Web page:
According to The Verge, today’s update is aimed at adding Deep Fusion to Apple’s newest iPhones.
Deep Fusion is a new image processing system that uses the A13 Bionic and the Neural Engine. Deep Fusion takes advantage of machine learning techniques to do pixel-by-pixel processing of photos, optimizing for texture, details, and noise in each part of the image.
The feature is aimed at improving indoor photos and photos taken in medium lighting, and it’s a feature that will automatically activate based on the lens being used and the light level in the room. The wide-angle lens will use Smart HDR by default for bright scenes, with Dark Fusion activating in medium or low light and Night mode activating for darker scenes.
The telephoto lens will use Deep Fusion primarily, but Smart HDR will activate instead when the lighting is very bright. Dark Mode activates when the lighting is dark.The ultra wide-angle lens uses Smart HDR only and does not support Deep Fusion (or Night mode).
The Verge has a rundown on how Deep Fusion works, with info sourced from Apple. Deep Fusion runs entirely in the background, and unlike Night mode, there’s no option to toggle it on or off.
Deep Fusion is a complex process, with the hardware in the iPhone performing several actions when a photo is taken. Prior to when the shutter button is pressed, the camera captures three frames at a fast shutter speed to freeze motion. When the shutter press happens, an additional three photos are captured, and then one longer photo is taken to preserve detail.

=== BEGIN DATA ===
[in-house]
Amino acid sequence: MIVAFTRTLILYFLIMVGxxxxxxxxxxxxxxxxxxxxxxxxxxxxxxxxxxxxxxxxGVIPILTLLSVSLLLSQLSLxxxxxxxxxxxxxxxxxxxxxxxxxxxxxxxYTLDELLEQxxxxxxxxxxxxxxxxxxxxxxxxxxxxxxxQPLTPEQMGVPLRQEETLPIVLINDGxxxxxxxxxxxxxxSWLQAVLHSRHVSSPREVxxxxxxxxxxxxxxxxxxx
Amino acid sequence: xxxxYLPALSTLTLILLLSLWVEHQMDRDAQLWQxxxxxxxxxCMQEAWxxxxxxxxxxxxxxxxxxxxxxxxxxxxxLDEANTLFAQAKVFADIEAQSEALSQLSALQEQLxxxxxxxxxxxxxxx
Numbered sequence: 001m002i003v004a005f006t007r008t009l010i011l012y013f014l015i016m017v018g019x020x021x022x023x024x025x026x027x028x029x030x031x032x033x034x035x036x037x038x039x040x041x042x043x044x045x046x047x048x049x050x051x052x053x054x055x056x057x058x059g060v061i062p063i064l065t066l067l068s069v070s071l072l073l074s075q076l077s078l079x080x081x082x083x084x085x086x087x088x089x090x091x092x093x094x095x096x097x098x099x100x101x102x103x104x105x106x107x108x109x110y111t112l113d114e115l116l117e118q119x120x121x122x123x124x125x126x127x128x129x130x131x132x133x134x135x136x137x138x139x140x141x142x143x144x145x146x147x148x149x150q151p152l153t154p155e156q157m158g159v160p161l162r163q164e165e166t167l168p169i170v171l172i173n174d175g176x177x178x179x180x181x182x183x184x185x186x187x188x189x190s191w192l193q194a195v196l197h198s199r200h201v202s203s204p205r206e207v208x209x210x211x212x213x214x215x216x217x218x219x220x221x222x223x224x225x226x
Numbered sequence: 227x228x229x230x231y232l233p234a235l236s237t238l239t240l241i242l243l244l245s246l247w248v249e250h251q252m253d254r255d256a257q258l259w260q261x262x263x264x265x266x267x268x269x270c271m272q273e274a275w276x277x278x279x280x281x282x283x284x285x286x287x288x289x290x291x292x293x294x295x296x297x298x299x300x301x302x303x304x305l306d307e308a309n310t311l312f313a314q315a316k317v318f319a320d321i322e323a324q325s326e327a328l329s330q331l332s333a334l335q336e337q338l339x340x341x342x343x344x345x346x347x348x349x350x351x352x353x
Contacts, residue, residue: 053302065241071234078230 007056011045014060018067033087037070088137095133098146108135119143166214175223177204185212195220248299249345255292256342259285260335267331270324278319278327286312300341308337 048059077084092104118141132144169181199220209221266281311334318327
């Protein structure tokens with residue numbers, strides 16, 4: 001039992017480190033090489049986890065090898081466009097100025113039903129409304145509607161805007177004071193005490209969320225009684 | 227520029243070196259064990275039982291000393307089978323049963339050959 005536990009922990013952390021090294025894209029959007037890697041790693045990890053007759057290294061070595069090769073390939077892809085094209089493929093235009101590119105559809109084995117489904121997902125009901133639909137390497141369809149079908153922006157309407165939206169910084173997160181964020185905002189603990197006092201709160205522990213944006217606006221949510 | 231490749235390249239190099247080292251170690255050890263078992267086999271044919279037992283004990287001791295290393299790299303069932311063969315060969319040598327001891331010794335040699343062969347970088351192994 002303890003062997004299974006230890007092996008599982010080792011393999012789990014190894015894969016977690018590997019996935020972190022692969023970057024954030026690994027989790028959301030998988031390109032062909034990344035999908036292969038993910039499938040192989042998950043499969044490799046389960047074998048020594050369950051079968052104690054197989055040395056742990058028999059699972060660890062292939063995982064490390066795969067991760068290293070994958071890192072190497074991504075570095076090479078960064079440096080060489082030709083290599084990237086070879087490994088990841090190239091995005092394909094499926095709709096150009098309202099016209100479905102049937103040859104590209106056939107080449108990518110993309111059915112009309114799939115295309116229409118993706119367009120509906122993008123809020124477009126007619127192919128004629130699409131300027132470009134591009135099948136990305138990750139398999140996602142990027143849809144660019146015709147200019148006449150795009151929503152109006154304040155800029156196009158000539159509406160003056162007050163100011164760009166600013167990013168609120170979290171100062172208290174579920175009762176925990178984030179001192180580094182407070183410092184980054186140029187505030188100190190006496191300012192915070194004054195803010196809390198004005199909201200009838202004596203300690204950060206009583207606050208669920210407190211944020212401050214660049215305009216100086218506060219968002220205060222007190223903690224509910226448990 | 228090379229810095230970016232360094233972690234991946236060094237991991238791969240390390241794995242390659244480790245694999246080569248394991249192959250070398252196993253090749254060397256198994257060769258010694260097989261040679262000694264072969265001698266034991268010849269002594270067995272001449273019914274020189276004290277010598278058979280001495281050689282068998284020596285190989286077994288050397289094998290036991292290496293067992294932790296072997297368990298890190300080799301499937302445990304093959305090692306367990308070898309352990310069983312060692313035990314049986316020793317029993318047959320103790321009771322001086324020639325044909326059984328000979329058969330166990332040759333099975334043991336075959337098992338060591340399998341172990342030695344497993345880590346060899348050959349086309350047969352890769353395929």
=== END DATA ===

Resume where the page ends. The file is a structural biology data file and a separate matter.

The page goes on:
The three regular photos and the long-exposure shot are merged into what Apple is calling a “synthetic long,” which is different from Smart HDR. Deep Fusion chooses the short exposure image that has the most detail, and then merges it with the synthetic long exposure (it’s just two frames that are merged).
The images are then run through a four-step processing procedure, pixel by pixel, aimed at increasing detail and providing instructions to the A13 chip on how the two images (detail, tone, color, luminance and more) should be blended together.
Taking a Deep Fusion shot takes just a bit longer than taking a normal Smart HDR image, right around a second, so Apple will initially show a proxy image if you tap over into Photos right after taking a Deep Fusion shot, though it will quickly be replaced with the full Deep Fusion image.
There are no specific details on when iOS 13.2 (and presumably iPadOS 13.2) are coming, but the update could be released any time now.